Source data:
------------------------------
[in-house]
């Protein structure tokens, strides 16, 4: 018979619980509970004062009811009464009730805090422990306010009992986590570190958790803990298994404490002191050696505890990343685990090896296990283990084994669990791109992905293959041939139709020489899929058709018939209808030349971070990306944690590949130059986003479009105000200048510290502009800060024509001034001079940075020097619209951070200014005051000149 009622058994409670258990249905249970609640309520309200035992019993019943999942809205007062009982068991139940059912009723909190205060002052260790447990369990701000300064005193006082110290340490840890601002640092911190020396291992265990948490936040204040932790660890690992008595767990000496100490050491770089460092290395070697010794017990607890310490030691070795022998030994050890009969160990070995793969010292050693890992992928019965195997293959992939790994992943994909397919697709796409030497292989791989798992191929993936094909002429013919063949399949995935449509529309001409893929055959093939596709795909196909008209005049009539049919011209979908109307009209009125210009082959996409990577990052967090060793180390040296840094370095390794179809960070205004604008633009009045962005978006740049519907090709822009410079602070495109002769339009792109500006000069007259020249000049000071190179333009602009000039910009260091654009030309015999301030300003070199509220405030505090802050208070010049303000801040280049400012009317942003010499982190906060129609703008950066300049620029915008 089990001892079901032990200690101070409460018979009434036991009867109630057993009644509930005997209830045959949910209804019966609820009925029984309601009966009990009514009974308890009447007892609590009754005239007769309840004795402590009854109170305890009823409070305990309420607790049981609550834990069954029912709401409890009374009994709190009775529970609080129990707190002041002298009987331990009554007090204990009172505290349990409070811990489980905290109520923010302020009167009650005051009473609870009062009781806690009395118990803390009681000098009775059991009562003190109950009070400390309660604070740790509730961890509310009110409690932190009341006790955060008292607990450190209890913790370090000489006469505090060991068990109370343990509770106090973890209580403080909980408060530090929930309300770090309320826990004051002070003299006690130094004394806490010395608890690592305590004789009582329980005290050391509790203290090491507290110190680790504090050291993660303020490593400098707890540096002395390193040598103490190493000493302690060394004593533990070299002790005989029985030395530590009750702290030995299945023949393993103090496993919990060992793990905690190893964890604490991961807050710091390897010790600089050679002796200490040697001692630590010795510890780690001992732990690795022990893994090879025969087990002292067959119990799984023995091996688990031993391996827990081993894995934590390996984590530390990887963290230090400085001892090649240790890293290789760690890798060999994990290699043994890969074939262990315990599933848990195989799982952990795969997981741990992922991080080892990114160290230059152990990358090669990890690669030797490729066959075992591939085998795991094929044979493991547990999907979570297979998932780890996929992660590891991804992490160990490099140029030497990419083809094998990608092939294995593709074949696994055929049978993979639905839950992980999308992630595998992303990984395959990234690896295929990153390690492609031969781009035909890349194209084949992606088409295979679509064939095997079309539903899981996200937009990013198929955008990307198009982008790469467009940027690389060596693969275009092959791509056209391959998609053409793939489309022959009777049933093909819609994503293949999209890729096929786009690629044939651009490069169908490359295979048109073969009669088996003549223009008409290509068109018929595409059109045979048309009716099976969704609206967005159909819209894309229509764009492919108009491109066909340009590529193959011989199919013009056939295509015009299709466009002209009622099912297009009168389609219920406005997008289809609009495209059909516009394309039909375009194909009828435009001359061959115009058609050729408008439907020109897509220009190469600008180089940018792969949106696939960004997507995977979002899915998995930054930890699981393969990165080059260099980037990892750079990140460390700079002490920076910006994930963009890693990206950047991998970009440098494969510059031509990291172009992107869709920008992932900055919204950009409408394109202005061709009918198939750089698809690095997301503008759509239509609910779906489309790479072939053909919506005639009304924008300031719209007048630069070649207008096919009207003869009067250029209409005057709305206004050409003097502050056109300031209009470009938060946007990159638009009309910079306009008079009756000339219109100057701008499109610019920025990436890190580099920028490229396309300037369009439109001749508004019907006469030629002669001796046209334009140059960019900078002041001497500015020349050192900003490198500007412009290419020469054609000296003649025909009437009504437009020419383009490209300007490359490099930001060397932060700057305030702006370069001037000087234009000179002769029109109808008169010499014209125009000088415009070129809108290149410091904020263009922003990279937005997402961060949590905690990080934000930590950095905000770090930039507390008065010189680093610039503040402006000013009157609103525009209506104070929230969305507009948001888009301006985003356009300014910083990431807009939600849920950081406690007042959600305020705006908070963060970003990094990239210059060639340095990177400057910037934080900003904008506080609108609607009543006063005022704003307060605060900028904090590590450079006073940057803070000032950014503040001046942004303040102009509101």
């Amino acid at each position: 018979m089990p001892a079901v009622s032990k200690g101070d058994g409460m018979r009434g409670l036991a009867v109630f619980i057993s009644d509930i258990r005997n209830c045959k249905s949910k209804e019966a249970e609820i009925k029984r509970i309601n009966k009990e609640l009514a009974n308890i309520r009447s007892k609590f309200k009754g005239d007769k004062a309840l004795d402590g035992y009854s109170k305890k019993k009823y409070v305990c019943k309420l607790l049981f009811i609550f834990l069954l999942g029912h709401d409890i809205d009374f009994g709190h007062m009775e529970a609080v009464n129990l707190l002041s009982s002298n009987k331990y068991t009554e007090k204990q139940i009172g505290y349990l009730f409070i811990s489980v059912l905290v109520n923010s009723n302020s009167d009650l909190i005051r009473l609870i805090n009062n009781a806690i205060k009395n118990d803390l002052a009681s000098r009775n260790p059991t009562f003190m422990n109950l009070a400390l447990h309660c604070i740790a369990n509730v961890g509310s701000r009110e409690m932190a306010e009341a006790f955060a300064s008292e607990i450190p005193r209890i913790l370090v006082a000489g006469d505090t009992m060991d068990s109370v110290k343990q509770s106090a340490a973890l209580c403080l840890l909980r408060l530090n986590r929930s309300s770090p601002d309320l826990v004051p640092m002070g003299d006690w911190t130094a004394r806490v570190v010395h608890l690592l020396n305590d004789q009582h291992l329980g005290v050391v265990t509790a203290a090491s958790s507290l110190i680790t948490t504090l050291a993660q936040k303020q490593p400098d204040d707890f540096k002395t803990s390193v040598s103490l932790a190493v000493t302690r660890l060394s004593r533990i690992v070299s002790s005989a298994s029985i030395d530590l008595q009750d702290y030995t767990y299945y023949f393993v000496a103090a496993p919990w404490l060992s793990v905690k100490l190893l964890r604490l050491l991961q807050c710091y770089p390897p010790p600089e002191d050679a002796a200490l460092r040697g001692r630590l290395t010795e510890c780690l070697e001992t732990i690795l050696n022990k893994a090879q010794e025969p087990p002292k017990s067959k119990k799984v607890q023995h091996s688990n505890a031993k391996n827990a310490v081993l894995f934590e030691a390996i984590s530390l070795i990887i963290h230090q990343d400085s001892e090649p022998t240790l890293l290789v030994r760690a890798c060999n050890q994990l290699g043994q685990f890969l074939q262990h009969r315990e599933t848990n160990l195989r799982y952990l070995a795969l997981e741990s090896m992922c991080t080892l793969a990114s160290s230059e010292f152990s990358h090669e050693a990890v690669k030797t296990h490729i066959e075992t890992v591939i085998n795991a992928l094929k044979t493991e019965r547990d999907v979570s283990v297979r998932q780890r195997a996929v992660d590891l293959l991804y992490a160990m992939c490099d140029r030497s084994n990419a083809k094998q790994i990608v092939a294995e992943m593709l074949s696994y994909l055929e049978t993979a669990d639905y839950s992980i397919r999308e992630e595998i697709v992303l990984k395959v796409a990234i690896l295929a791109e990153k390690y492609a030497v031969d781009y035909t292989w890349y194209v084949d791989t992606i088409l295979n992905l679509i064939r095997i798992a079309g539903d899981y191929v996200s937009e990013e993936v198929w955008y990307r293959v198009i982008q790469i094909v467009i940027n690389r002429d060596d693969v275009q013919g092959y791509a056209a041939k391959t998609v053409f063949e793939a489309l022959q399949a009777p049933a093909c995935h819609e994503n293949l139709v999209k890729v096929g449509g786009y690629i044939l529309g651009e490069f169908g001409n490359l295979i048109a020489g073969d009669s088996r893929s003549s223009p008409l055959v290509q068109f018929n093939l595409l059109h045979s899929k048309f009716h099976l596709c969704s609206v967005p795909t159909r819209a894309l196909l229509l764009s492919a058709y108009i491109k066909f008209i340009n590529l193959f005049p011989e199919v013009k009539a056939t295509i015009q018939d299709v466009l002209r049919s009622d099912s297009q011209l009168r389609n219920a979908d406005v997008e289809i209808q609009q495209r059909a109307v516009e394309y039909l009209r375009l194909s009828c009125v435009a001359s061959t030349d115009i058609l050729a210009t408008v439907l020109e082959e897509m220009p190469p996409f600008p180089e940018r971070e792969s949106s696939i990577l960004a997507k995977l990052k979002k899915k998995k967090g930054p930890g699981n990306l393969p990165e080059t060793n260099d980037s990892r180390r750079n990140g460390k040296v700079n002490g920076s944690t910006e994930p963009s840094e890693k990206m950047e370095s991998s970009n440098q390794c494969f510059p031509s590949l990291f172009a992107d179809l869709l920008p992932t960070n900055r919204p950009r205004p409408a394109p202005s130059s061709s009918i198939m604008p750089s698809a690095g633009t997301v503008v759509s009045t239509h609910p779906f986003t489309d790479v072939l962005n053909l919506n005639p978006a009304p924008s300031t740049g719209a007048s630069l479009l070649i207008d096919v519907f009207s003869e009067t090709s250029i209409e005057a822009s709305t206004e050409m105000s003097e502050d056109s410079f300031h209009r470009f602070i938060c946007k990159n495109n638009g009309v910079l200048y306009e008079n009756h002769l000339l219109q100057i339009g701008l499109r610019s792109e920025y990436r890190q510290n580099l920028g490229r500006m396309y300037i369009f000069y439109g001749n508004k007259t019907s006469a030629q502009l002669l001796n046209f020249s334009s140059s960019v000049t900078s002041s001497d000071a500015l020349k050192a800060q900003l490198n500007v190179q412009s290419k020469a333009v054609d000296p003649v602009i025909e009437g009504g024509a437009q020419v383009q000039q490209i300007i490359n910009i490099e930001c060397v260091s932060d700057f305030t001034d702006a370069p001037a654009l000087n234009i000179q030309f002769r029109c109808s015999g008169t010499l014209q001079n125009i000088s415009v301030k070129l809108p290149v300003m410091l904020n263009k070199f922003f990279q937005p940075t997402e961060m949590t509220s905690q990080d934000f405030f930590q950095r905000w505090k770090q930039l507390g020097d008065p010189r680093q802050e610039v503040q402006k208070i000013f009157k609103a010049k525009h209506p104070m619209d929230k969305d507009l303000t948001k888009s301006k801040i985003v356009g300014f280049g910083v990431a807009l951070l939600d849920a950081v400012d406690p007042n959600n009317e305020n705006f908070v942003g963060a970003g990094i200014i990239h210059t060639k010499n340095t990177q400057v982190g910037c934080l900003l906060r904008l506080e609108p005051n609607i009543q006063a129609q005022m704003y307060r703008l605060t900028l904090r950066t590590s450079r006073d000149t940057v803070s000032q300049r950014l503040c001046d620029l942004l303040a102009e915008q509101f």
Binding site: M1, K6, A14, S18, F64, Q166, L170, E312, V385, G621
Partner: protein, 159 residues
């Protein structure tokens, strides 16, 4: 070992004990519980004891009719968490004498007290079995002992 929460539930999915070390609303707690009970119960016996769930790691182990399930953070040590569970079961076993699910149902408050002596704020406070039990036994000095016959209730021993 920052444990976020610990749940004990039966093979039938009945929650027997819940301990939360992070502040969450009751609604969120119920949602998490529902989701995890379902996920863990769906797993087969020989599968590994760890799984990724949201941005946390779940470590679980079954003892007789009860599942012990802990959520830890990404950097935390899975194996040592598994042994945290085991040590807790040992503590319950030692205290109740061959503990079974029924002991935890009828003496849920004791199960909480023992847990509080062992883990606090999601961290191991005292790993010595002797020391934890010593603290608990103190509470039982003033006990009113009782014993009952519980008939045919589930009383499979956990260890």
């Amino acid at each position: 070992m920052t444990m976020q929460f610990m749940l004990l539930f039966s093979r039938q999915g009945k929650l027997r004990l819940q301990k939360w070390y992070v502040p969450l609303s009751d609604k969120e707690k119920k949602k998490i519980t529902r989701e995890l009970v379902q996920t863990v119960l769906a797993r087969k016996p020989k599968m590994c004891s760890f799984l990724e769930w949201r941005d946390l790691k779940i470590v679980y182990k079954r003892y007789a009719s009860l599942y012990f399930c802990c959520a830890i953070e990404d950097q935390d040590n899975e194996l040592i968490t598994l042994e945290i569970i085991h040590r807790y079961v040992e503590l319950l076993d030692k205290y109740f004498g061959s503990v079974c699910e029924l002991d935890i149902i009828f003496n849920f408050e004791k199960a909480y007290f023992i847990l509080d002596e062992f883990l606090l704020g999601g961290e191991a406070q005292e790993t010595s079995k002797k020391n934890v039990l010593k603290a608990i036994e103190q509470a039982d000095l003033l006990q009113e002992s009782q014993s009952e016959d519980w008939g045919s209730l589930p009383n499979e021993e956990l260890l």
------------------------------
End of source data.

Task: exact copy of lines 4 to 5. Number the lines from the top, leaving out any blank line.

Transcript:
Binding site: M1, K6, A14, S18, F64, Q166, L170, E312, V385, G621
Partner: protein, 159 residues